Regarding the Army's decision to award a sole-source order to AEL, our decision pointed out that agencies are permitted to use other than competitive procedures to procure goods or services where requirements are of such unusual and compelling urgency that the government would be seriously injured if the agency were not allowed to limit the number of sources from which it seeks bids or proposals, Even though this authority is limited by 10 U.S.C. Sec. ;2304(e) (1988), requiring that agencies seed offers from as many potential sources as is practicable under the circumstances, an agency, nonetheless, has authority under 10 U.S.C. Sec. 2304 (c)(2) to limit the procurement to the only firm it reasonable believes can properly perform the work in the available time. Support Sys. Assocs., Inc., B-232473, B-232473.2, Jan. 5, 1989, 89-1 CPD Para. 11.

Here, an unexpected deterioration in the stock of microwave chassis meant that many field units would become inoperable by December 1989 for lack of replacement parts. Further, since AEL was the only offeror that had previously produced microwave chassis, and hence need not be required to undergo first article testing and approval, and since AEL had an existing contract for the equipment, the Army's conclusion that AEL was the only source in a position to perform the work in the available time seemed reasonable. As a result, we found no basis to object to the agency's determination to limit competition; by issuing a sole-source order to AEL for the critical requirement, thus avoiding a 5-month delay for earlier delivery date of October 1990.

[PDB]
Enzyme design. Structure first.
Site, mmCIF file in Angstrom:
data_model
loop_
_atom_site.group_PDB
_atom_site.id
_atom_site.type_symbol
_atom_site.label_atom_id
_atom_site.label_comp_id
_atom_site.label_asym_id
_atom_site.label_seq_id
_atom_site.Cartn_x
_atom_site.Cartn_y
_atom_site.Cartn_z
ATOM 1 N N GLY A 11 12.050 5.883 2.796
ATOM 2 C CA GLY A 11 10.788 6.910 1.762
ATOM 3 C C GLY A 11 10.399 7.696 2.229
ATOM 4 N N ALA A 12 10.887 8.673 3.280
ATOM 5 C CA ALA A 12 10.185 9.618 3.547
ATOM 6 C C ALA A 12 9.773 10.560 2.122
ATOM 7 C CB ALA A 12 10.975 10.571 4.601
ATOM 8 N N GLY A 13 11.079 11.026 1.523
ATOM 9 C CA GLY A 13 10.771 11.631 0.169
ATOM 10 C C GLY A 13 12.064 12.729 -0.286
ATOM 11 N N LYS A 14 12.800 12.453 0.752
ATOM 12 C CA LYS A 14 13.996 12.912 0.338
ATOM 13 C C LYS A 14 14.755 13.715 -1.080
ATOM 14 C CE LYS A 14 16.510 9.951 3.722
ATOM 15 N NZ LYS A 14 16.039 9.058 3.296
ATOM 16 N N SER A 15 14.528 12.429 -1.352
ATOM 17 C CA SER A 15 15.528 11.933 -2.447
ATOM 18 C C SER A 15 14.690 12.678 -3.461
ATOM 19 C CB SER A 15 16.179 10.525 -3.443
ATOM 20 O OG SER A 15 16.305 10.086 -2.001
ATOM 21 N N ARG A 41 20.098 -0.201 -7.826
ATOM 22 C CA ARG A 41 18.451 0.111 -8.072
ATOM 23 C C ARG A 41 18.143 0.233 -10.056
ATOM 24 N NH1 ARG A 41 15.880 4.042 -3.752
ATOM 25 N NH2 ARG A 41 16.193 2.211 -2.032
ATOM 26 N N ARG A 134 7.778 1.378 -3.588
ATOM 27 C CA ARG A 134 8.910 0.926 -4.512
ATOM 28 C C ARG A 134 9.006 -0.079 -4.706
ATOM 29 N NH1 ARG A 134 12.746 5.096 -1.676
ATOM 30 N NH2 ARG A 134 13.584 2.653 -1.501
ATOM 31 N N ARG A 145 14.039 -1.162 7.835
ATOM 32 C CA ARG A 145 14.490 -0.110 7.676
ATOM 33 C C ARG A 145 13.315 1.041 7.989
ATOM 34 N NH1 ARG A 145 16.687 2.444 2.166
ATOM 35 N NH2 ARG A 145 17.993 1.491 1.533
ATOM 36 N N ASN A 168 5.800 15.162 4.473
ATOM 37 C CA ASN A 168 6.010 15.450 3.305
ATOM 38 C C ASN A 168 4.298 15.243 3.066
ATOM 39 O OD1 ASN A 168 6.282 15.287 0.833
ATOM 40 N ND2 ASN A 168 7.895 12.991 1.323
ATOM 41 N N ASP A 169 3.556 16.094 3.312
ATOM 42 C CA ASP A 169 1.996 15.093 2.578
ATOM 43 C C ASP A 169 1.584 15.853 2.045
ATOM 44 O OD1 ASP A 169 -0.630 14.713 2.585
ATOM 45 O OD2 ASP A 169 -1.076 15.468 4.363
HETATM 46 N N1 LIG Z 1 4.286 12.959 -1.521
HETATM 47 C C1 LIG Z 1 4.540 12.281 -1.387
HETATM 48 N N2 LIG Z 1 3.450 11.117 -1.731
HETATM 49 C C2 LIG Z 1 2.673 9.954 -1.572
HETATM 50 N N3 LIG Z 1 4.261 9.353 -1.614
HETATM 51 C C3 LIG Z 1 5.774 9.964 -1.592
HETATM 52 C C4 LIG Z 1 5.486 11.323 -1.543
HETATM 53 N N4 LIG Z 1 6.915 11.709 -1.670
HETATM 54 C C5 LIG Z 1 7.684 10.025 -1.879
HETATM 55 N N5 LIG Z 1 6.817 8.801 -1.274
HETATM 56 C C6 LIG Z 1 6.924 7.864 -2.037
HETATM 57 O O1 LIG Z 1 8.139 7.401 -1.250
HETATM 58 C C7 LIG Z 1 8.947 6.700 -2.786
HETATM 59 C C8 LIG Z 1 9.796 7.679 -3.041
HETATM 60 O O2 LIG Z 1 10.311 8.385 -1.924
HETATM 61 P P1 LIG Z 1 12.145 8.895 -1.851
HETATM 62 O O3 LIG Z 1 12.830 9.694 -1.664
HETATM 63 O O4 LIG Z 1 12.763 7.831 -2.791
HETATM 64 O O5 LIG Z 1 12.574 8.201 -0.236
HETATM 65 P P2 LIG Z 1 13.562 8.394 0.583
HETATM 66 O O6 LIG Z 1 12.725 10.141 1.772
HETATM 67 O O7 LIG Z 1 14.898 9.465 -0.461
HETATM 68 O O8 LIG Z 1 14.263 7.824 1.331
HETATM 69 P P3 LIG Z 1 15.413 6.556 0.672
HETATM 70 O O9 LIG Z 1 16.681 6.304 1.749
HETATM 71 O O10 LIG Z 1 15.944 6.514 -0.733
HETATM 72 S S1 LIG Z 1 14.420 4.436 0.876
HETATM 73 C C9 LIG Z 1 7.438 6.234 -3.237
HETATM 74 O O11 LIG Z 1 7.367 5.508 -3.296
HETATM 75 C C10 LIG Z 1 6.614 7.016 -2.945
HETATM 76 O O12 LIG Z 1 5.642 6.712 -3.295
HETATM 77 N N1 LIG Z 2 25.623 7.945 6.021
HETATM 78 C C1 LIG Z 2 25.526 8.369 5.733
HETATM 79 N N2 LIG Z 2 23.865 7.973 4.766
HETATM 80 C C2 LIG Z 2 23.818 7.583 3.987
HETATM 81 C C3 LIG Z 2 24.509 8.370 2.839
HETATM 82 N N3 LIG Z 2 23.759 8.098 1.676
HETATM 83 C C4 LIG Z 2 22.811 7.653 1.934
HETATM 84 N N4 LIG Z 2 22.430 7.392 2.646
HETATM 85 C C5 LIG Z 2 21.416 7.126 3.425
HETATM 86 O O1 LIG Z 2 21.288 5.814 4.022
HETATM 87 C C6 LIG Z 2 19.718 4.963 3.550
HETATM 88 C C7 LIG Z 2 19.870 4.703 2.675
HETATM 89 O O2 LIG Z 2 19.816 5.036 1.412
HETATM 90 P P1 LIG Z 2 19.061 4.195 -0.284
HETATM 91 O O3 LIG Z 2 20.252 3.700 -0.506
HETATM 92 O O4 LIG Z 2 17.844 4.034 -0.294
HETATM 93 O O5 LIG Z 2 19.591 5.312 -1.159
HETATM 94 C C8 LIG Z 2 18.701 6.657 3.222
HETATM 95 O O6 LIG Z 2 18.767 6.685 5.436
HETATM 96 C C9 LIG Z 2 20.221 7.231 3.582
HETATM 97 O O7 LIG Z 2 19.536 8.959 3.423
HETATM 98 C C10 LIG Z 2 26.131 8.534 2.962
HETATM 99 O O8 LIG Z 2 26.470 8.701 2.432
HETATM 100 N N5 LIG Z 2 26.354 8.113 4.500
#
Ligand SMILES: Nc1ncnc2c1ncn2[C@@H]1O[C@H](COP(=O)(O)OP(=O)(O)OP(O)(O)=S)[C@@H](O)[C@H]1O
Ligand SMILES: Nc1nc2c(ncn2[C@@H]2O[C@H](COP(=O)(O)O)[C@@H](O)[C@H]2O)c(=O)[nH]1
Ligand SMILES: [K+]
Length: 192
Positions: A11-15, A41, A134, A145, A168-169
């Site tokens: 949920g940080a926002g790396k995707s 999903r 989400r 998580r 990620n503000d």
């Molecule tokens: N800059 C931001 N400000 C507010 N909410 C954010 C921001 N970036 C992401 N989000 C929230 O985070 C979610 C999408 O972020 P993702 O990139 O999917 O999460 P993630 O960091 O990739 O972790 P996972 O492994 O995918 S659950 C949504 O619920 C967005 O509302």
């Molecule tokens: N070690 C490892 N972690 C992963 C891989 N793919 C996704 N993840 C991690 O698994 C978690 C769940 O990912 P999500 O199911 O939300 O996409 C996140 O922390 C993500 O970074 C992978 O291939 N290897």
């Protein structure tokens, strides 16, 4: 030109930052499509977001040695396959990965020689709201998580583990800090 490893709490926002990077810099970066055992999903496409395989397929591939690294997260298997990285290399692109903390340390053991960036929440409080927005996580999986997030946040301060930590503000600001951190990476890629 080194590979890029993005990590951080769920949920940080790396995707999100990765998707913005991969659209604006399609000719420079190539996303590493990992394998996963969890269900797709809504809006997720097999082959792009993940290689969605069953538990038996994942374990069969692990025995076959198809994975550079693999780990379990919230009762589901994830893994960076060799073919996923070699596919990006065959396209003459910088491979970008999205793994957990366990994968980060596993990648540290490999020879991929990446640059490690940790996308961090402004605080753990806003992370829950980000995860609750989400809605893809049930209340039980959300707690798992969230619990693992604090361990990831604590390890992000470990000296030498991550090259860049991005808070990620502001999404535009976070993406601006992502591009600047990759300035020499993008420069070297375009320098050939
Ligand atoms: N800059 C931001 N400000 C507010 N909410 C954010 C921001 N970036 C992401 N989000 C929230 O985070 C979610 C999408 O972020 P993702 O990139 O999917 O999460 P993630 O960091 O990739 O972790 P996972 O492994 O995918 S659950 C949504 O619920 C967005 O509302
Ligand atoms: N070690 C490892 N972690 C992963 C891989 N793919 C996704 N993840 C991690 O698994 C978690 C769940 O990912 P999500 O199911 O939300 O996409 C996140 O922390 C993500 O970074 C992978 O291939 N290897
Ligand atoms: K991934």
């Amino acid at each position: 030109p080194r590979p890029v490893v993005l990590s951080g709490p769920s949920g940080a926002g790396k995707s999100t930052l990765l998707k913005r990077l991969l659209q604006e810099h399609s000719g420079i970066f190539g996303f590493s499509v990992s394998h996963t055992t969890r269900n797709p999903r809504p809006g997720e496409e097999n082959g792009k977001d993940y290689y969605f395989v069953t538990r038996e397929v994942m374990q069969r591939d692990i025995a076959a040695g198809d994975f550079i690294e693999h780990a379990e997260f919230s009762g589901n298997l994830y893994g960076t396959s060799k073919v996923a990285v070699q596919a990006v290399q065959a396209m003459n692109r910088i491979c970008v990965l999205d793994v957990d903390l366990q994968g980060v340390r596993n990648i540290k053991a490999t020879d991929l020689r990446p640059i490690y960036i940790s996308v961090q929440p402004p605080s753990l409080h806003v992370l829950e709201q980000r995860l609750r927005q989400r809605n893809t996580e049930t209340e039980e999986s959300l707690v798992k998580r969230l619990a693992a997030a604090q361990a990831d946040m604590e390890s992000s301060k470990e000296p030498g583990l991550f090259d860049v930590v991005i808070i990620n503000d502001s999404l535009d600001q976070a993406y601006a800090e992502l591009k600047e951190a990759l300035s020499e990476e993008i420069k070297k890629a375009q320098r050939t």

Under our Bid Protest Regulations, a party requesting reconsideration must show that our prior decision contains errors of fact or law or that the protester has information not previously considered that warrants reversal or modification of our decision. See 4 C.F.R. Sec. 21.12(a)(1989); Daylight Plastics, Inc.-- Reconsideration, B-225057.2, Apr. 28, 1987, 87-1 CPD Para 440. The mere repetition of arguments made during the initial protest, or disagreement with our decision, does not meet this standard. G&LC Enters., Inc.-- Reconsideration, B-233537.2, May 10, 1989, 89-1 CPD Para. 439.

In its reconsideration request, Logics essentially reiterates the arguments it made in the original protest. Initially, it reasserts that the deterioration in the supply stock of the chassis was due to a lack of avbance planning by the agency, and that poor planning cannot properly justify the cancellation and the resulting soul-source award to AEL. this regard, Logics argues that it would appear that the shortage of microwave chassis was evident at the time the solicitation was issued, although Logics concedes that the record does not establish this fact.